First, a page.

We all know that the animal kingdom is home to many carnivores. But did you know that among them is a plant? The Venus Flytrap is one of them! Venus Fly Traps are extraordinarily interesting “creatures” (plants) of nature. Watch this high-definition video footage featuring a huge spider being captured into a Venus Flytrap. The trap closes when its trigger hairs are stimulated two times within an approximately twenty seconds. That is all the time a Venus Flytrap needs to catch its prey of insects and spiders.
This is a relatively small plant whose leaves are in the shape of jaws and a mouth.
Dionaea muscipula is the biological name of the Venus Flytrap, and unlike humans, this plant does not have brains (insert obvious joke here). Nor does it have muscles or a nervous system. And yet, it can trap insects and swallow them! The Venus Flytrap is mysterious. It is a plant that native to the coastal bogs of North and South Carolina and the savannas.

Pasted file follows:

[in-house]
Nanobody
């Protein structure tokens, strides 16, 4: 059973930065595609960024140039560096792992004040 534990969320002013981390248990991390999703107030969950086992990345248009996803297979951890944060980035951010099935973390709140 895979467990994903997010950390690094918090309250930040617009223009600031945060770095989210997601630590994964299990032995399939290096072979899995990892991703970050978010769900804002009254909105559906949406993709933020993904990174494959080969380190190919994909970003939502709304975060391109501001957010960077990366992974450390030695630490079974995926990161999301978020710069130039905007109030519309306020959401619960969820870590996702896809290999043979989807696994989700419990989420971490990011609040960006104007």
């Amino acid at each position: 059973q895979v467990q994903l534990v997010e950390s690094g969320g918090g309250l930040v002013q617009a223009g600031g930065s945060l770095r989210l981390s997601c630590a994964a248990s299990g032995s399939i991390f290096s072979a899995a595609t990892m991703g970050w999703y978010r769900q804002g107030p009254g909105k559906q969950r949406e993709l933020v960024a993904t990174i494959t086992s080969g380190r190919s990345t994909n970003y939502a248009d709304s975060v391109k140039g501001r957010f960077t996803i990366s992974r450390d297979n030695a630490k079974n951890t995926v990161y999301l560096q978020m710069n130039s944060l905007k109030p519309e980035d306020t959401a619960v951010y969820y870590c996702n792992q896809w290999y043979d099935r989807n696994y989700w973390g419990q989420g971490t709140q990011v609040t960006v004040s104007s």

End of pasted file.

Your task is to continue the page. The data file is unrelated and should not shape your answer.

The exterior of the plant is a made up of green-colored leaves, but the color inside the jaws or mouth is bright red.
The nickname for the Venus Flytrap plant is the “Jaws of Death.” The gaping jaws wait for a fly (or other insects) to land or crawl into its mouth. That’s when the jaws close and clamp down tightly, trapping its prey. The leaf of a Venus Flytrap actually has teeth! There are 14-20 teeth on each side of a leaf for a grand total of 28-40 teeth. Don’t worry, they don’t eat humans. But they do eat caterpillars, beetles, small frogs, grasshoppers, wasps, flies, black and red ants, and as you can see, spiders! One of the more interesting facts about this plant is that at night, it glows blue. It will emit a faint blue glow in order to attract its next prey. The blue glow can only be seen by using a fluorescent lamp, however.